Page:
SALT LAKE CITY — When the Jazz left New Orleans for Utah in the 1970s, Elgin Baylor missed the trip. He had been fired as the team’s coach and never found his way to the Rockies. That was a shame, even though he had retired as a player. He was the original sky pilot. Connie Hawkins, Julius Erving and Michael Jordan followed in his slipstream.
Baylor spent so much time above the rim he would joke he got his hang time by inhaling helium. Now 84, he modestly says he didn’t stay airborne longer than anyone else; he just delayed his jump until after his opponent leaped.
Tell that to everyone he posterized.
As the Jazz launch their 40th season in Utah, beginning with Monday’s training camp opening, Baylor has a book out called “Hang Time: My Life in Basketball.” It details the life of one of the NBA’s most electrifying stars. In April, a statue commemorating his Hall of Fame career was unveiled at the Staples Center. It was too long coming for a player with the third-highest scoring average in NBA history.
Though he doesn’t follow the current Jazz, Baylor has ties to the franchise. Hot Rod Hundley was one of them. The longtime announcer was a teammate of Baylor’s with the Minneapolis/Los Angeles Lakers. In “Hang Time,” Baylor recalls the Lakers playing in Charleston, W.V., Hundley’s hometown. But when they arrived, the hotel refused to allow Baylor to stay with white team members.
“You listen to me,” Hundley stormed at the desk clerk. “You know who this is? This is Elgin Baylor. Now you find us rooms. All of us.”
Eventually the team decided to book a different hotel. Due to the racist treatment, Baylor declined to play in the game. Hundley initially tried to change the Laker star’s mind, but seeing the pain and humiliation, later recanted.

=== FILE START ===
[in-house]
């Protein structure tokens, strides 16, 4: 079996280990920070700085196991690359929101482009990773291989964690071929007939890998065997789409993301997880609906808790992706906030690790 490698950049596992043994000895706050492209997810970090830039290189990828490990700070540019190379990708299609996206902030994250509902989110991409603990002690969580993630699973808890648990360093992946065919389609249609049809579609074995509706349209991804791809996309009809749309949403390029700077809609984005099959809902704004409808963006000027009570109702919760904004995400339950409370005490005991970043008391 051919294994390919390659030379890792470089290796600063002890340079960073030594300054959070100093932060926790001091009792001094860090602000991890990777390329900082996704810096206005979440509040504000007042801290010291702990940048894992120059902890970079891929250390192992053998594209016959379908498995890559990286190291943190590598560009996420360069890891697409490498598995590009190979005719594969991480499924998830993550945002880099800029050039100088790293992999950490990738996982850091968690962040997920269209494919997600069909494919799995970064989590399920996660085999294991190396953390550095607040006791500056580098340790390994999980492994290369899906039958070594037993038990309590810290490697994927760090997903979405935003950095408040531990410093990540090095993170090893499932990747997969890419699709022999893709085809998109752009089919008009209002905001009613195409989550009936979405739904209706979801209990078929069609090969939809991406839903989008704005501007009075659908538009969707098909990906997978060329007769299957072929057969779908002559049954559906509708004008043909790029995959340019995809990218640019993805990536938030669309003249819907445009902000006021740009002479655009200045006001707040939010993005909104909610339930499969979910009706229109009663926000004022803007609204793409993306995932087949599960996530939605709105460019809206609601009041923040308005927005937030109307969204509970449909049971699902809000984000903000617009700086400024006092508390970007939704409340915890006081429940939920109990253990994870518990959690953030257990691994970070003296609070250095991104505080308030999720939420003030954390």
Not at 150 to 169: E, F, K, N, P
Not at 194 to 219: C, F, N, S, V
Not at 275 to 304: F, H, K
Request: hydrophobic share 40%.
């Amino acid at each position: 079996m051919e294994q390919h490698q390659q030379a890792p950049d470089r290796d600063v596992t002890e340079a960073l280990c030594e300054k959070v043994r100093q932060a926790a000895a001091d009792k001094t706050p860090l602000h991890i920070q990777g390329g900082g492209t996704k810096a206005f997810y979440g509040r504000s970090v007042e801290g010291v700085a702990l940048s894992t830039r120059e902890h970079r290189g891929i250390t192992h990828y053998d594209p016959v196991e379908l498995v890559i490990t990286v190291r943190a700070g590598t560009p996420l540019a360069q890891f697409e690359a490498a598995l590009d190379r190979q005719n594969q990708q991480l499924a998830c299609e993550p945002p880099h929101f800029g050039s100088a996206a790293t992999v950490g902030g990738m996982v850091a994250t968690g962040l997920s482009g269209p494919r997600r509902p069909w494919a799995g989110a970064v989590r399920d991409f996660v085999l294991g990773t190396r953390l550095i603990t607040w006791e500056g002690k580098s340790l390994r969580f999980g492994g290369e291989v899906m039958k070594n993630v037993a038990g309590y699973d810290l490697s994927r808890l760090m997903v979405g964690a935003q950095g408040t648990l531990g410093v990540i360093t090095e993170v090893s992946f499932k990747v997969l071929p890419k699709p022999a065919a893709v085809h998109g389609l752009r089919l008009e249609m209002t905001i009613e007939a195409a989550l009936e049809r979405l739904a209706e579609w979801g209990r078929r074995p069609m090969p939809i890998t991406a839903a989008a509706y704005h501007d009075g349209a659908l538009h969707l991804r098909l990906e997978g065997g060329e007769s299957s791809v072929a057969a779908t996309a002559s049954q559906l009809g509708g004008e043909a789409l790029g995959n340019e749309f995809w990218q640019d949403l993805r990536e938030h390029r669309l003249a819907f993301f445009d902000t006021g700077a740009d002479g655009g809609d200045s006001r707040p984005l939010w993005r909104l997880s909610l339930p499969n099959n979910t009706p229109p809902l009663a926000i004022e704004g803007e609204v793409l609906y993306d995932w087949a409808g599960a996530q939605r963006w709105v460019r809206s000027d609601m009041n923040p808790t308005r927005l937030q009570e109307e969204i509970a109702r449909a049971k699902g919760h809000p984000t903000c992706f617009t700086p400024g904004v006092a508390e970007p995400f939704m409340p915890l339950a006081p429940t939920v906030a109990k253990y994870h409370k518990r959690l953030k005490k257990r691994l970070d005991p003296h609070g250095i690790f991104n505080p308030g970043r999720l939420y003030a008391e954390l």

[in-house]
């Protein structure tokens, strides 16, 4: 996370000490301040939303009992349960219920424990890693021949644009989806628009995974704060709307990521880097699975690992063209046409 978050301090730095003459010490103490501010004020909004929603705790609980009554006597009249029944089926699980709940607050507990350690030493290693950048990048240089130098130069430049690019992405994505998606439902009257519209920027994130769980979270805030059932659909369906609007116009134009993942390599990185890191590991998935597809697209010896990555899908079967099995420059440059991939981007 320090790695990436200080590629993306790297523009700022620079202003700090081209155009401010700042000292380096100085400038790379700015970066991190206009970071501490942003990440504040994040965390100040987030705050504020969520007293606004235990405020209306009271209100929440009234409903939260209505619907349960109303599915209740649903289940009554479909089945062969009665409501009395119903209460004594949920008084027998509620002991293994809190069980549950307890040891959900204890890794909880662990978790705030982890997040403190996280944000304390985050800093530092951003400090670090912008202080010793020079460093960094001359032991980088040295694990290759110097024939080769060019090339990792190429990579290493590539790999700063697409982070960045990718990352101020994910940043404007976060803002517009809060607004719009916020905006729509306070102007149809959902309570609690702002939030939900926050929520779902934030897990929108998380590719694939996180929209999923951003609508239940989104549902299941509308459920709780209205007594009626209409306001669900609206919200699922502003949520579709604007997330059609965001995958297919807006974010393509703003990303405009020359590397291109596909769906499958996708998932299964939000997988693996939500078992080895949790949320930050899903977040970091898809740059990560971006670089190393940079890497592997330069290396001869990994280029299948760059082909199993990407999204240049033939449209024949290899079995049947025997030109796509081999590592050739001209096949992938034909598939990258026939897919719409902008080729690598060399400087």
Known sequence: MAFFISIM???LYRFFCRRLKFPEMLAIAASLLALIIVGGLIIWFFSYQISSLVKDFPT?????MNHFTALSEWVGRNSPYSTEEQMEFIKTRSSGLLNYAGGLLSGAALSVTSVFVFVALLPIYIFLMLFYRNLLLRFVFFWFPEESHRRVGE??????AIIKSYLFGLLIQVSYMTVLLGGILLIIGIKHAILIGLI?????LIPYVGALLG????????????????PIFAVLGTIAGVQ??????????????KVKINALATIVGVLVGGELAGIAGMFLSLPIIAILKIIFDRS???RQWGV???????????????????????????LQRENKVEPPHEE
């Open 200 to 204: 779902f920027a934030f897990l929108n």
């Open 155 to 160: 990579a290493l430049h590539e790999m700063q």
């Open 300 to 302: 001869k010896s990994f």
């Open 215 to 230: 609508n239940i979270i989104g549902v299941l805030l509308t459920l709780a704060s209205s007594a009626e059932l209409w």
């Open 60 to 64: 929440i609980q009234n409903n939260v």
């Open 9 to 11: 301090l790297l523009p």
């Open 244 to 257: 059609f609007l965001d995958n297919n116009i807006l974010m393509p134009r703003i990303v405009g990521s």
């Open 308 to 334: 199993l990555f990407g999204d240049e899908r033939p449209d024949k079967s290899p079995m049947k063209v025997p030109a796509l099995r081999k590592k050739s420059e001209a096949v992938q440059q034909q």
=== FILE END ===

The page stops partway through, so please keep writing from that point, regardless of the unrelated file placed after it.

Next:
“Don’t play. You’re right. I was wrong,” Hundley said. “Baby, don’t play.”
Hundley had his back.
You gotta love it, baby.
“Hot Rod was a fun guy to be around, a lover of life,” Baylor said in a phone interview this week. “The thing I liked about Hot Rod was he was a man of his word, a very honorable person.”
Former Jazz coach Jerry Sloan never played with Baylor, but they were contemporaries.
“He was a hard-nosed player,” Baylor said. “He’d dive on the floor and you’d see skin coming off his legs. He really played hard. Guys hated playing against him. He was a very physical player, but he could take it. He was one of those guys you hated to play against, but he’d be a good teammate to play with.”
After retiring as a player, Baylor was hired as coach of the New Orleans Jazz, where he coached hoops impresario Pete Maravich. In the book, Baylor says he “unleashed” Maravich to do his thing.
But injuries curtailed Maravich’s career. By the time he got to Utah, he was a remnant.
“He was a terrific ball-handler,” Baylor said. “Sometimes he’d get out of control with the behind-the-back and between-the-legs passes, but he loved the game and loved his teammates.”
While Maravich was a defensive liability, Baylor said fans “wanted him to score points, and that’s what he did.” Baylor did, too. He once racked up 71 points in a game. His 61 points in a 1962 playoff game is the second-most in league history. That makes him well qualified to judge the great players of yesterday and today.Comment on this story
Baylor said if he had to pick one player from his era to start a franchise, it would be Bill Russell, a close friend. His top choice among today’s players: LeBron James.
“The thing about him that’s amazing is that guy can play every position,” he said.
Although Baylor was a 6-foot-5 small forward, he has no problem declaring he would thrive in today’s NBA.
“The game was so much more physical than it is now,” he said, noting the freedom of movement players enjoy. “You could hand check. Today it’s a finesse game, you can’t touch anyone.”
Nobody could touch him, either.